Alice. Oui. Sauf votre honneur, en vérité, 40 vous prononcez les mots aussi droit que les natifs d'Angleterre.

Kath. Je ne doute point d'apprendre, par la grace de Dieu, et en peu de temps.

Alice. N'avez vous pas déjà oublié ce que je vous ai enseigné?

Kath. Non, je reciterai à vous promptement : de hand, de fingres, de mails,

Alice. De nails, madame.

Kath. De nails, de arm, de ilbow.

Alice. Sauf votre honneur, de elbow.

Kath. Ainsi dis-je; de elbow, de nick, et de sin. Comment appelez-vous le pied et la robe? Alice. De foot, madame; et de coun.

50

Kath. De foot et de coun! O Seigneur Dieu ! ce sont mots de son mauvais, corruptible, gros, et impudique, et non pour les dames d'honneur d'user je ne voudrais prononcer ces mots devant les seigneurs de France pour tout le monde. Foh! le foot et le coun! Néanmoins, je reciterai 60 une autre fois ma leçon ensemble: de hand, de

fingres, de nails, de arm, de elbow, de nick, de

sin, de foot, de coun.

Alice. Excellent, madame!

Kath. C'est assez pour une fois: allons-nous

à diner.

[Exeunt.

SCENE V. The same.

Enter the KING OF FRANCE, the DAUPHIN, the
DUKE OF BOURBON, the CONSTABLE OF
FRANCE, and others.

Fr. King. 'Tis certain he hath pass'd the river
Somme.

Con. And if he be not fought withal, my lord,
Let us not live in France; let us quit all
And give our vineyards to a barbarous people.
Dau. O Dieu vivant! shall a few sprays of us,
The emptying of our fathers' luxury,

Our scions, put in wild and savage stock,
Spirt up so suddenly into the clouds,
And overlook their grafters ?

Bour. Normans, but bastard Normans, Norman
bastards!

Mort de ma vie ! if they march along

Unfought withal, but I will sell my dukedom,
To buy a slobbery and a dirty farm
In that nook-shotten isle of Albion.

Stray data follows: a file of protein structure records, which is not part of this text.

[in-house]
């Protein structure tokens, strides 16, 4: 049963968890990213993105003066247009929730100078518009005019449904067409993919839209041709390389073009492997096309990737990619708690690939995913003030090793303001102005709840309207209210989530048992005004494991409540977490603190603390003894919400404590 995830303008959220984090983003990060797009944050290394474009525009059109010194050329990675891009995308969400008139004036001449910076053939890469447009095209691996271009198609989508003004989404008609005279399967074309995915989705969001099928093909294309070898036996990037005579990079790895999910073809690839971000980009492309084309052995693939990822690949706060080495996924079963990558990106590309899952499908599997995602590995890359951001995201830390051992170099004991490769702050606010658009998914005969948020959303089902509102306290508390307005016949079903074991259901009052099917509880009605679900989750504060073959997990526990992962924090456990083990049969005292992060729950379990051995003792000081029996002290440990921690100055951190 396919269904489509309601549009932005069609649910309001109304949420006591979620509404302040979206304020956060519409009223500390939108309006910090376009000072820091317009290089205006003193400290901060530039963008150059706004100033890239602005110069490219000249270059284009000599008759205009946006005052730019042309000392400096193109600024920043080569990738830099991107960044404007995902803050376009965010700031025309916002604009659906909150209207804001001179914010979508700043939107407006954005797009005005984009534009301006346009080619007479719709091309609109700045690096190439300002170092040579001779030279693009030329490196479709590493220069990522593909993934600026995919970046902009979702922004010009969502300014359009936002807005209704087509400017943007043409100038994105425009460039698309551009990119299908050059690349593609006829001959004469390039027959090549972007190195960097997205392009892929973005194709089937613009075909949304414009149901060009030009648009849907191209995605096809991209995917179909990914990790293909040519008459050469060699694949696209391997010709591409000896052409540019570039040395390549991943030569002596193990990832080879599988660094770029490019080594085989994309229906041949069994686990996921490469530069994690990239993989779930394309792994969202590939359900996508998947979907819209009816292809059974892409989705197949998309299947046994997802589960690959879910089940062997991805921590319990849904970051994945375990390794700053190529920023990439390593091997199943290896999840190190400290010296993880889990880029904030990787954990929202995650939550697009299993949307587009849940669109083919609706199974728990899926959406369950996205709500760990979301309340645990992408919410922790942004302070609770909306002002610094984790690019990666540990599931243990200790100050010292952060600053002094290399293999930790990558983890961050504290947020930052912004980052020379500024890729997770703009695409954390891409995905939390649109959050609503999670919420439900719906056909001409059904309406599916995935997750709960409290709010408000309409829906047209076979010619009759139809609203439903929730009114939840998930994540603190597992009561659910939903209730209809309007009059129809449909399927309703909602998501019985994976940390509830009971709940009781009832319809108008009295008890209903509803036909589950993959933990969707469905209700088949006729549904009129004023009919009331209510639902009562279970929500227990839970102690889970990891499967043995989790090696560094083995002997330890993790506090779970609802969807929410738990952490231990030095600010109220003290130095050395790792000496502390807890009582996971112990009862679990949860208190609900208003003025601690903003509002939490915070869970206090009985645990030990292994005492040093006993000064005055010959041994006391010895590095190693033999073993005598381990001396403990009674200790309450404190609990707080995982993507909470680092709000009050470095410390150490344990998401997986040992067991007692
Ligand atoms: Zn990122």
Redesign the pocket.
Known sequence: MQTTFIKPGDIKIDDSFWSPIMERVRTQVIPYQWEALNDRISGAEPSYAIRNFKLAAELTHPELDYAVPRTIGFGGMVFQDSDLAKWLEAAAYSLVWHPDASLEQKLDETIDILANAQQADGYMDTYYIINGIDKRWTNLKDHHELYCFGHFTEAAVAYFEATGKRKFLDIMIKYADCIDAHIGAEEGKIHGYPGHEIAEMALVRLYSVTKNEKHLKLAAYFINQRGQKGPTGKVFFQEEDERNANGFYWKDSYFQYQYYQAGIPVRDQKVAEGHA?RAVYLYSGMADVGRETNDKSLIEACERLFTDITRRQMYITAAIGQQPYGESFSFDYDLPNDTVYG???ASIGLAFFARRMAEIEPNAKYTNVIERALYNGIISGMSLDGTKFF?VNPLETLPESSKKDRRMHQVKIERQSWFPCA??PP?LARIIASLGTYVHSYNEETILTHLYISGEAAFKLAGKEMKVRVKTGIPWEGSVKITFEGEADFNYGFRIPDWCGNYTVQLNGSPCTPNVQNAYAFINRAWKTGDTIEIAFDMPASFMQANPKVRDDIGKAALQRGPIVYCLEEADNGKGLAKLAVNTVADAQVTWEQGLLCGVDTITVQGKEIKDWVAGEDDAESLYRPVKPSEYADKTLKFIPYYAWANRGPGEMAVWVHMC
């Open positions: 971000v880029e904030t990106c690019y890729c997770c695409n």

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Con. Dieu de batailles! where have they this mettle?

Is not their climate foggy, raw and dull,

On whom, as in despite, the sun looks pale,
Killing their fruit with frowns? Can sodden water,
A drench for sur-rein'd jades, their barley-broth,
Decoct their cold blood to such valiant heat?
And shall our quick blood, spirited with wine,
Seem frosty? O, for honour of our land,
Let us not hang like roping icicles

Upon our houses' thatch, whiles a more frosty people

Sweat drops of gallant youth in our rich fields !
Poor we may call them in their native lords.

Dau. By faith and honour,

Our madams mock at us, and plainly say
Our mettle is bred out and they will give
Their bodies to the lust of English youth
To new-store France with bastard warriors.

Bour. They bid us to the English dancing-
schools,

And teach lavoltas high and swift corantos;
Saying our grace is only in our heels,

And that we are most lofty runaways.

Fr. King. Where is Montjoy the herald? speed him hence:

Let him greet England with our sharp defiance.
Up, princes! and, with spirit of honour edged

and Staunton's spawned or
shot into a nook,' though this
gives a vigorous sense. The
Dauphin's point, moreover, is
not that England is remote, but
that it is wet and uncomfort-
able to live in. 'Nook-shotten'
aptly contrasts England with the
compact, four-square contour of
France.

19. drench, physic.

20

30

ib. sur-rein'd, jaded from being over-ridden.

26. in their native lords, in respect of the poor show which their owners make compared with the English.

33. lavoltas and corantos, quick, lively dances.